In another embodiment of the bleach/detergent according to the invention similarly intended to increase stability in storage, the enzyme having oxidase activity and/or the substrate for this enzyme is encapsulated in a substance which is impermeable to the enzyme and/or its substrate at room temperature or in the absence of water, but which becomes permeable to the enzyme and/or its substrate under in-use conditions. Organic substances melting at temperatures above room temperature, more particularly at temperatures of 35° C. to 75° C., for example fatty alcohols, polyglycols, paraffin waxes or fatty acid esters, may be used for this purpose. Substances which do not melt under in-use conditions, but which are soluble or dispersible in water, for example fine-particle alkali metal alumosilicate, layer silicate, clay or bentonite, are also suitable.
The composition of the bleaches/detergents according to the invention may otherwise be selected virtually as required within the limits of known formulations. In particular, the bleaches/detergents according to the invention may contain builders, surfactants, water-miscible organic solvents, other enzymes, sequestering agents, electrolytes, pH regulators, additional peroxygen bleaching agents and other auxiliaries, such as optical brighteners, redeposition inhibitors, foam regulators, bleach activators, dyes and fragrances and, if desired, additional dye transfer inhibitors.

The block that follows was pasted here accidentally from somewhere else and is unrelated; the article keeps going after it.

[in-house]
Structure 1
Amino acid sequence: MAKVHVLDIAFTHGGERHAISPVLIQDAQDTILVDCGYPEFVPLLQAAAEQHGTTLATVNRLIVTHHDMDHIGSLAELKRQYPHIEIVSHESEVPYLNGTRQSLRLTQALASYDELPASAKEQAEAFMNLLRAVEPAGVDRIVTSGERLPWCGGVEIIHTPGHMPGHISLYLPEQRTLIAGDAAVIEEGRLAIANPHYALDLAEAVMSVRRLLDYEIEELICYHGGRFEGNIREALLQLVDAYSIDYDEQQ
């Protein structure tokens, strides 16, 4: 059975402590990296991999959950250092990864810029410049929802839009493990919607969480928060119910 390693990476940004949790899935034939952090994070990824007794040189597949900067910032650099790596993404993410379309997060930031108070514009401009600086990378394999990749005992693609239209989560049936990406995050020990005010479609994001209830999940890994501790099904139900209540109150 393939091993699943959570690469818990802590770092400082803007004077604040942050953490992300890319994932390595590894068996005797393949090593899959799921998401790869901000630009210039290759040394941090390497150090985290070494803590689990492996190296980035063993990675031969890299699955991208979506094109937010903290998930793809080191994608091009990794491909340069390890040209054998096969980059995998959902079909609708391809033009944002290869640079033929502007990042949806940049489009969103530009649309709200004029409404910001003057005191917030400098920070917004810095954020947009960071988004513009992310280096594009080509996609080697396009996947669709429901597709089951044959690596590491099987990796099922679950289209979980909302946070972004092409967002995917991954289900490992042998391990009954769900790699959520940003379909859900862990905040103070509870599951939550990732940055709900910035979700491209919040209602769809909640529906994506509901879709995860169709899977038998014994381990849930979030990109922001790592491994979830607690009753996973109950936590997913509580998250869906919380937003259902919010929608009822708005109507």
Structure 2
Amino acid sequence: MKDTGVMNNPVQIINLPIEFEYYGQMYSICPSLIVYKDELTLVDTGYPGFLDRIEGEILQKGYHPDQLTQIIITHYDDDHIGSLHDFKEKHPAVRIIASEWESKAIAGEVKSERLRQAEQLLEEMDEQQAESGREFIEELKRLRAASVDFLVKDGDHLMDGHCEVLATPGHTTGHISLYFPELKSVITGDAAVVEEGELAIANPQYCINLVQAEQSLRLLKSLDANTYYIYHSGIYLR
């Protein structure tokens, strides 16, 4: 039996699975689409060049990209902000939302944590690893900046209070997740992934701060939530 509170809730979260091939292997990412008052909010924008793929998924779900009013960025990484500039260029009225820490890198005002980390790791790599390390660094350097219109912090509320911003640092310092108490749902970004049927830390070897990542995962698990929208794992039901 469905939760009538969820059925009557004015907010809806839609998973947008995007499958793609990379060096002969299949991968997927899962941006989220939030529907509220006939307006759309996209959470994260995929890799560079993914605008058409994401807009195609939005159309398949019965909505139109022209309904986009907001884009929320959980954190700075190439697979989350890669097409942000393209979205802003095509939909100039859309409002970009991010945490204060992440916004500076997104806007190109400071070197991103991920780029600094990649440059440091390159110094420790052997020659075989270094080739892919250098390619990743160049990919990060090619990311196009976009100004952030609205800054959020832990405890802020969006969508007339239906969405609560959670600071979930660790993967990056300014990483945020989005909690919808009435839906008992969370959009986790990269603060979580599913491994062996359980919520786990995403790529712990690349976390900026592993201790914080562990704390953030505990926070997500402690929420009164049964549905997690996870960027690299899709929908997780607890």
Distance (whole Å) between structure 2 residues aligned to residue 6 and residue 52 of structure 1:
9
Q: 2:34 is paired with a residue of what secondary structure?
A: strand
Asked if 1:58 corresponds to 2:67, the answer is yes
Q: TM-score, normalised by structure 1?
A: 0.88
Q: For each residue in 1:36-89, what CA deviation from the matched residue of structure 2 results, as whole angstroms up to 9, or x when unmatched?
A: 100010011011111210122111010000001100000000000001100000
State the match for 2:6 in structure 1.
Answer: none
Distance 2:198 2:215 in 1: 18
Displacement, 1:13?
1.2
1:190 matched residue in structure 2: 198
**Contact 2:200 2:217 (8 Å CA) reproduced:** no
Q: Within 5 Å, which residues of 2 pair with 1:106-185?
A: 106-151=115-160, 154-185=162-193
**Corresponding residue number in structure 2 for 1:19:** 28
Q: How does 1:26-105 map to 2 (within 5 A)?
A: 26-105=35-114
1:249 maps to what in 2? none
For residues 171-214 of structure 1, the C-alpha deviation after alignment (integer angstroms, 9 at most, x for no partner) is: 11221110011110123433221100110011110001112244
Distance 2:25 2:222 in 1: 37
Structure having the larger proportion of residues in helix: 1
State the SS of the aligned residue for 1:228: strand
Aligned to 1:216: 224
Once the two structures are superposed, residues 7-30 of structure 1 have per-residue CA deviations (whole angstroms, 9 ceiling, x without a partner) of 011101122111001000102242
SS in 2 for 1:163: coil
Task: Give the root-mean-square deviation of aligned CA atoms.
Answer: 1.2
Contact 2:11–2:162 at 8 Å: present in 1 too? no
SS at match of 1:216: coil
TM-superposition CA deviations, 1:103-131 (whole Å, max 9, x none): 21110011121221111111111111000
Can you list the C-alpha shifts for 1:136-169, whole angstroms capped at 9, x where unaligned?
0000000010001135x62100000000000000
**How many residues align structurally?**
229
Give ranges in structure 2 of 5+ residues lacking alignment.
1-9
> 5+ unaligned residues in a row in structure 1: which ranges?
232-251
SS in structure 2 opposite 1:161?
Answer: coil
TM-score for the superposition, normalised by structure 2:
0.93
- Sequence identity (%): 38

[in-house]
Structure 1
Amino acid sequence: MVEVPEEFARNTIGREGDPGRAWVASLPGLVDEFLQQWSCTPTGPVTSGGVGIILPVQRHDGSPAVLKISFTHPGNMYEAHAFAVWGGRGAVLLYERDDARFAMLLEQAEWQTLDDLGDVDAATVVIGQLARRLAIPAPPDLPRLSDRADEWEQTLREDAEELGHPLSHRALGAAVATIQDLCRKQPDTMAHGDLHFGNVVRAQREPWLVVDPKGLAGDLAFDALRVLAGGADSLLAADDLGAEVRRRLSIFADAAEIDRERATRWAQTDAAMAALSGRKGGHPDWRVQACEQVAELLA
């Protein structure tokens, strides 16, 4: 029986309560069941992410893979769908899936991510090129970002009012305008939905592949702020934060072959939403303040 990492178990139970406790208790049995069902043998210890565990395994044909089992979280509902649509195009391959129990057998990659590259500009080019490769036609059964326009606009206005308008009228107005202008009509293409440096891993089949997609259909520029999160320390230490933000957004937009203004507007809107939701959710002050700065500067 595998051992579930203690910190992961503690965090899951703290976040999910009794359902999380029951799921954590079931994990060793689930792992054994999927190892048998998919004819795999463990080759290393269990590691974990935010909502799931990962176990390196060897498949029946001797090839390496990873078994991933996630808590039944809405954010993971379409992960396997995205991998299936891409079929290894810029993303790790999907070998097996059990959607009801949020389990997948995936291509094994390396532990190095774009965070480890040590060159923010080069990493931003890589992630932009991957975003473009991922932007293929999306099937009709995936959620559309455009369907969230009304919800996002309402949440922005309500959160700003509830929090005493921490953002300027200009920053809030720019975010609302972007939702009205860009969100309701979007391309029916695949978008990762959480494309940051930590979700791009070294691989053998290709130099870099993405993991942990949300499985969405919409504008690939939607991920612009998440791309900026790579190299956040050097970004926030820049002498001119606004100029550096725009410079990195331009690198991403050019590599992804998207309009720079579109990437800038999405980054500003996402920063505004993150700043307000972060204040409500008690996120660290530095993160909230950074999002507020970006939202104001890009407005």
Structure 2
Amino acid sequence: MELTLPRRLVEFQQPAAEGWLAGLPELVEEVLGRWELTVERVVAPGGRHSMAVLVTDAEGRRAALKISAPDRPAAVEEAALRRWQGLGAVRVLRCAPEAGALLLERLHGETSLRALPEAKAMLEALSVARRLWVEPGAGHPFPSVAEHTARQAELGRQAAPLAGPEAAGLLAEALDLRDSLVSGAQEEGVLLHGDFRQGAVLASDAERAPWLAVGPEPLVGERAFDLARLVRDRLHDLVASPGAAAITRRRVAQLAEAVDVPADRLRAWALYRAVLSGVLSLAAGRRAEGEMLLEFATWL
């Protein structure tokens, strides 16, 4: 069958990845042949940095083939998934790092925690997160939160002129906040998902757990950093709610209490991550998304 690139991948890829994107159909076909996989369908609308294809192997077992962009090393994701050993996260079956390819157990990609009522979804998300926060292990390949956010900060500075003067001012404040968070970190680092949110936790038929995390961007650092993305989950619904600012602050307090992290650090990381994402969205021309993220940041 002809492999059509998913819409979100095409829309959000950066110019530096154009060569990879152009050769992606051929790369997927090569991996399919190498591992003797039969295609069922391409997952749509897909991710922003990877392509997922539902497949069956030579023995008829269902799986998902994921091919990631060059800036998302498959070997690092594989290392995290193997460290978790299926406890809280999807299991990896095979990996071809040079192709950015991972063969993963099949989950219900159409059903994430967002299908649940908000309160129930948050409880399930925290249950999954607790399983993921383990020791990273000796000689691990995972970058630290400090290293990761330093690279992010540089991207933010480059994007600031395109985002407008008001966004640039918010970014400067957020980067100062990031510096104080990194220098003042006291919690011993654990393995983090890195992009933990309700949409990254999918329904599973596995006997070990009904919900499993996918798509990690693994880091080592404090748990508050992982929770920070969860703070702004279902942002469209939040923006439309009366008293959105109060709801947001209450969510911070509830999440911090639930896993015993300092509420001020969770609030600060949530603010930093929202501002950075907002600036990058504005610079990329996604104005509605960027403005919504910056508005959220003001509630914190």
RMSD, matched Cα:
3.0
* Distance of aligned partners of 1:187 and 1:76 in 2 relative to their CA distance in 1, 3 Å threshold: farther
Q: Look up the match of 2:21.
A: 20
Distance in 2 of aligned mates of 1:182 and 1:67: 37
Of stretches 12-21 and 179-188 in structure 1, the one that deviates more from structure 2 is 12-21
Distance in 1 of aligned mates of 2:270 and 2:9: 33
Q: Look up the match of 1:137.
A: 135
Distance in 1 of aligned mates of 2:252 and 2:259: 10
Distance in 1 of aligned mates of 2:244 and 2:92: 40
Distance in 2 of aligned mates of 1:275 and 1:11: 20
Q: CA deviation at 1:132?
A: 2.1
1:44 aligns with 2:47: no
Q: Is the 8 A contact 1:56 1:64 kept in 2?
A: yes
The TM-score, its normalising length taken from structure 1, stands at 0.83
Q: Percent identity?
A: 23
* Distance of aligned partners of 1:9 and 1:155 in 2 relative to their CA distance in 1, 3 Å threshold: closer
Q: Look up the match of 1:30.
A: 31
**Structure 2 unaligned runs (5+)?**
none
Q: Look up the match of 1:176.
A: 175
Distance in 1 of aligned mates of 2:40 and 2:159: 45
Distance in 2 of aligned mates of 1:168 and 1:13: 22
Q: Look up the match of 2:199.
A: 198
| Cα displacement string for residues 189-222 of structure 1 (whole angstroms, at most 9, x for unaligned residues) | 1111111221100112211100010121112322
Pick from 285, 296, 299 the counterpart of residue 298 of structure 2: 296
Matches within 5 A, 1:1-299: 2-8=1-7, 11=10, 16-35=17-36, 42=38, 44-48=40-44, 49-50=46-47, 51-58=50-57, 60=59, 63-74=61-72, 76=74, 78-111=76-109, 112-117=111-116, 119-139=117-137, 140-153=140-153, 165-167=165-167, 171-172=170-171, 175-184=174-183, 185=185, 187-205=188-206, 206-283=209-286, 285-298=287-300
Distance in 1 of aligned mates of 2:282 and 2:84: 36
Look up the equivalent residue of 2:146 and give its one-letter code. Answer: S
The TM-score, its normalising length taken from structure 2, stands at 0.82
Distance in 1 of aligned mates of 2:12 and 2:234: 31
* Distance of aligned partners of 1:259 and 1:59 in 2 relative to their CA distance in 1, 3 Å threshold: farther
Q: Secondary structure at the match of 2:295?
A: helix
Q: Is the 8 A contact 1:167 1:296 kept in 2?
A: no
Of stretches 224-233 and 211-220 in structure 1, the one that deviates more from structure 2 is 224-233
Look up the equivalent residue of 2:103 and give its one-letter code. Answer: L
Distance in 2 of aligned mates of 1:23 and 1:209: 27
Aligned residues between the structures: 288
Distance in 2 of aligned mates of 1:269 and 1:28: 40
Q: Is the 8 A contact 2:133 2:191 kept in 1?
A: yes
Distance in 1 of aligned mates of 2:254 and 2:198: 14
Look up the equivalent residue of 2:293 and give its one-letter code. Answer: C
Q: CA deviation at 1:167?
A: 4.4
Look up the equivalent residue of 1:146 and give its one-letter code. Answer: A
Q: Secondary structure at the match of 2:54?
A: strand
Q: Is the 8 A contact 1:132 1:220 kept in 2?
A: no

In addition to the bleaching system according to the invention, conventional bleach activators, i.e. compounds which form optionally substituted perbenzoic acid and/or aliphatic peroxocarboxylic acids containing 1 to 10 and, more particularly, 2 to 4 carbon atoms under perhydrolysis conditions, may be used. Conventional bleach activators which contain O- and/or N-acyl groups with the number of carbon atoms mentioned and/or optionally substituted benzoyl groups are suitable. Preferred bleach activators are polyacylated alkylene diamines, more particularly tetraacetyl ethylenediamine (TAED), acylated glycolurils, more particularly tetraacetyl glycoluril (TAGU), acylated triazine derivatives, more particularly 1,5-diacetyl-2,4-dioxohexahydro-1,3,5-triazine (DADHT), acylated phenol sulfonates, more particularly nonanoyl or isononanoyloxybenzene sulfonate, acylated polyhydric alcohols, more particularly triacetin, ethylene glycol diacetate and 2,5-diacetoxy-2,5-dihydrofuran and acetylated sorbitol and mannitol, and acylated sugar derivatives, more particularly pentaacetyl glucose (PAG), pentaacetyl fructose, tetraacetyl xylose and octaacetyl lactose, and acetylated, optionally N-alkylated glucamine and gluconolactone. The combinations of conventional bleach activators known from German patent application DE 44 43 177 may also be used. Bleach activators such as these are normally present in quantities of 1% by weight to 10% by weight and, more particularly, in quantities of 2% by weight to 5% by weight. In addition to or instead of the conventional bleach activators mentioned above, the sulfonimines and/or bleach-boosting transition metal salts or transition metal complexes known from European patents EP 0 446 982 and EP 0 453 003 may be present as so-called bleach catalysts. Suitable transition metal compounds include, in particular, the manganese-, iron-, cobalt-, ruthenium- or molybdenum-salen complexes known from German patent application DE 195 29 905 and the N-analog compounds thereof known from German patent application DE 196 20 267, the manganese-, iron-, cobalt-, ruthenium- or molybdenum-carbonyl complexes known from German patent application DE 195 36 082, the manganese, iron, cobalt, ruthenium, molybdenum, titanium, vanadium and copper complexes with nitrogen-containing tripod ligands described in German patent application DE 196 05 688, the cobalt-, iron-, copper- and ruthenium-ammine complexes known from German patent application DE 196 20 411, the manganese, copper and cobalt complexes described in German patent application DE 44 16 438, the cobalt complexes described in European patent application EP 0 272 030, the manganese complexes known from European patent application EP 0 693 550, the manganese, iron, cobalt and copper complexes known from European patent 0 392 592 and/or the manganese complexes described in European patent EP 0 443 651 or in European patent applications EP 0 458 397, EP 0 458 398, EP 0 549 271, EP 0 549 272, EP 0 544 490 and EP 0 544 519. Combinations of bleach activators and transition metal bleach catalysts are known, for example, from German patent application DE 196 13 103 and International patent application WO 95/27775. Bleach-boosting transition metal complexes, more particularly with the central atoms Mn, Fe, Co, Cu, Mo, V, Ti and/or Ru, are used in typical quantities, preferably in a quantity of up to 1% by weight, more preferably in a quantity of 0.0025% by weight to 0.25% by weight and most preferably in a quantity of 0.01% by weight to 0.1% by weight, based on the bleach/detergent as a whole.